On the boil: Pakistan, India tussle over basmati rice origin

India’s application for GI at the EU for its basmati rice and grain faces rough sailing after Pakistan said it would challenge the move.
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Updated 07 October 2020

On the boil: Pakistan, India tussle over basmati rice origin

  • Pakistan produces a wide range of basmati rice and believes it has a right to a GI tag

KARACHI: Pakistan on Monday said it would give a “befitting reply” to, and oppose, India’s move to geographically label basmati rice and grain as its own in the EU.

Developing countries are increasingly using geographic labeling to boost the value of products ranging from carpets to rice, raising rural incomes and protecting farmland. 

A geographical indication (GI) is a sign used on products that have a specific geographic origin, which gives them certain qualities or a reputation, such as Champagne and Darjeeling tea.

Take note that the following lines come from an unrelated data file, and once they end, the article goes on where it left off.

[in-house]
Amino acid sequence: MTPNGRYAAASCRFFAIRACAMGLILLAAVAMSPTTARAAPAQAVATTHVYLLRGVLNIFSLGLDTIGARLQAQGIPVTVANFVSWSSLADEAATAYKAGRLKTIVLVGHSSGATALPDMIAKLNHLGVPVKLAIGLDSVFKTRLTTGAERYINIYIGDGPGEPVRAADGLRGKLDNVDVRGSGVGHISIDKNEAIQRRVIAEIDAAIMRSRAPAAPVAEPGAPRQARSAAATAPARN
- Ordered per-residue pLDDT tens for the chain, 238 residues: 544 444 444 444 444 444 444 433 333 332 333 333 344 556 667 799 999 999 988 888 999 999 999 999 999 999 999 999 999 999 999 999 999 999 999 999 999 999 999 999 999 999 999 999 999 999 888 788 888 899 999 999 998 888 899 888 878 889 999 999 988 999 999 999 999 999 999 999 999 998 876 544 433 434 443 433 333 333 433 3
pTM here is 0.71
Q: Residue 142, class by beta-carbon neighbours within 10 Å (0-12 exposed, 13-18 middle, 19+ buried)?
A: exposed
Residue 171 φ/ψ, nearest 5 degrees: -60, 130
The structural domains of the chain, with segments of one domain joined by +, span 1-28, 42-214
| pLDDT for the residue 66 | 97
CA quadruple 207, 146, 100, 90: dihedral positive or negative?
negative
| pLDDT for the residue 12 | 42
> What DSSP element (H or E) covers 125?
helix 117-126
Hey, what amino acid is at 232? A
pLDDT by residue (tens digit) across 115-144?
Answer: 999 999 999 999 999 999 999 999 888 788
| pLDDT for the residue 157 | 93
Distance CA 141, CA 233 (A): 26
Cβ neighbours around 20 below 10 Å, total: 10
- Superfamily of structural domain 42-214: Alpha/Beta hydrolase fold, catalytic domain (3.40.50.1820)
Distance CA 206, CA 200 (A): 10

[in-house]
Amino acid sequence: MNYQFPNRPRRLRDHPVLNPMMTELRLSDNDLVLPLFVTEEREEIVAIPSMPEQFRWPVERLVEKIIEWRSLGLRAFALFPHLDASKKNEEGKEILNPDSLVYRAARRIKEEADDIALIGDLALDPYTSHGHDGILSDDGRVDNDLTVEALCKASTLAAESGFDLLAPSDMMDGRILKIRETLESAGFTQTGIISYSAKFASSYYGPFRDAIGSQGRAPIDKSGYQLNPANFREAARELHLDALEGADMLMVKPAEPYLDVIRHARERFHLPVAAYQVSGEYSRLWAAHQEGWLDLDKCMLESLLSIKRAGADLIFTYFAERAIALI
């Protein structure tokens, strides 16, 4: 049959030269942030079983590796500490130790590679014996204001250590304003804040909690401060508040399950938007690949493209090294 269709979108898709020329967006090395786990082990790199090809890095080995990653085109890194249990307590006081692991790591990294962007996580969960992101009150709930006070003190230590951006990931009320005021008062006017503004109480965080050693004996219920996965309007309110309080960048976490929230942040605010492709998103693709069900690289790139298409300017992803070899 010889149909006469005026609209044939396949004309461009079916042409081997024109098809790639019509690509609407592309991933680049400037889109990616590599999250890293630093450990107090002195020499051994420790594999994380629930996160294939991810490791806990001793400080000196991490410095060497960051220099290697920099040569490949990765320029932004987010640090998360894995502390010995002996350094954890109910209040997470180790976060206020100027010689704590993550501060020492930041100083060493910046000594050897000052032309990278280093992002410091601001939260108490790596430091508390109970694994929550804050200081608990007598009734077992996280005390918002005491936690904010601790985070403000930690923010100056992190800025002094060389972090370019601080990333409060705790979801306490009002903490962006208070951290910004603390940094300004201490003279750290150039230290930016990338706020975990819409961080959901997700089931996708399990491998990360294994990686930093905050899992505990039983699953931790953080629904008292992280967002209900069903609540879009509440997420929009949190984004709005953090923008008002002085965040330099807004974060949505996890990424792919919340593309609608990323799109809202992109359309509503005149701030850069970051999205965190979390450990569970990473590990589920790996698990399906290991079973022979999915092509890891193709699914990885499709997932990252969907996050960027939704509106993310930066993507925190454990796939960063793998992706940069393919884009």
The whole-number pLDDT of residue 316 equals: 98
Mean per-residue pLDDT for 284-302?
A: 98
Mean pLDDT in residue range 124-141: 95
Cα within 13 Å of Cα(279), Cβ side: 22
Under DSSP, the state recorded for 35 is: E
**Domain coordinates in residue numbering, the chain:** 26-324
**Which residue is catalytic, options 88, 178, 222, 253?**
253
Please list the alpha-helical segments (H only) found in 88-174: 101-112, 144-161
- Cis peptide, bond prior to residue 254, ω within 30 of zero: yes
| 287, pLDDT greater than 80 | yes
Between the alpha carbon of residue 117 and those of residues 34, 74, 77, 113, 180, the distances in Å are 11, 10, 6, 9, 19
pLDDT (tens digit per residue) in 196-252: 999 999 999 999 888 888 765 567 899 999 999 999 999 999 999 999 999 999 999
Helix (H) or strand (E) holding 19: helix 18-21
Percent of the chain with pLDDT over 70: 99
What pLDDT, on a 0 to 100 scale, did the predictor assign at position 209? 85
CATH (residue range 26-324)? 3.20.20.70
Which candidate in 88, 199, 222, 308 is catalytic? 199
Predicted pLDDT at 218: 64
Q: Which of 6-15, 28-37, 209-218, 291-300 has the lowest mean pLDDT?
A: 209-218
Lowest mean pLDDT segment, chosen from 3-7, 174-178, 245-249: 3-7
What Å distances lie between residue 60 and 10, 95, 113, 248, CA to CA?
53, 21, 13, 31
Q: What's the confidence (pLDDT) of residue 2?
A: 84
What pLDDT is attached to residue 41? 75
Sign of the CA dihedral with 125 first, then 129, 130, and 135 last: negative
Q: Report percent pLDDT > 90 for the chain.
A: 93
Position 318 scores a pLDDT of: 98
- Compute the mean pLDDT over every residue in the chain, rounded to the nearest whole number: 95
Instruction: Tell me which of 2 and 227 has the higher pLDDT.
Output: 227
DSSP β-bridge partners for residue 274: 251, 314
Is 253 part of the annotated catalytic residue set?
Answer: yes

India applied for a GI for basmati rice last month. In a meeting chaired by commerce adviser Abdul Razak Dawood on Monday, Pakistan announced it would oppose India’s application.

“Abdul Razak Dawood categorically stated that Pakistan will vehemently oppose India’s application in the EU and restrain India from obtaining exclusive GI tag of basmati rice,” a statement issued by the ministry said.

Pakistan produces a wide range of basmati rice and believes it has a right to a GI tag. 

It now has under three months to respond to the Indian application and file a counter application with the EU. The country’s rice exporters face the risk of losing a substantial European market if India succeeds in the geographical labeling, exporters said.

“The GI tag going to India means Pakistan will be losing the European market, and that will not be limited to EU alone; we will not be able to export basmati rice to other countries as well,” Rafique Suleman, convener of the Central Committee of the Federation of Pakistan Chambers of Commerce and industry on Rice, told Arab News.

“Basmati rice is our heritage. The GI tag is an exclusive right to sell goods in the registered markets.”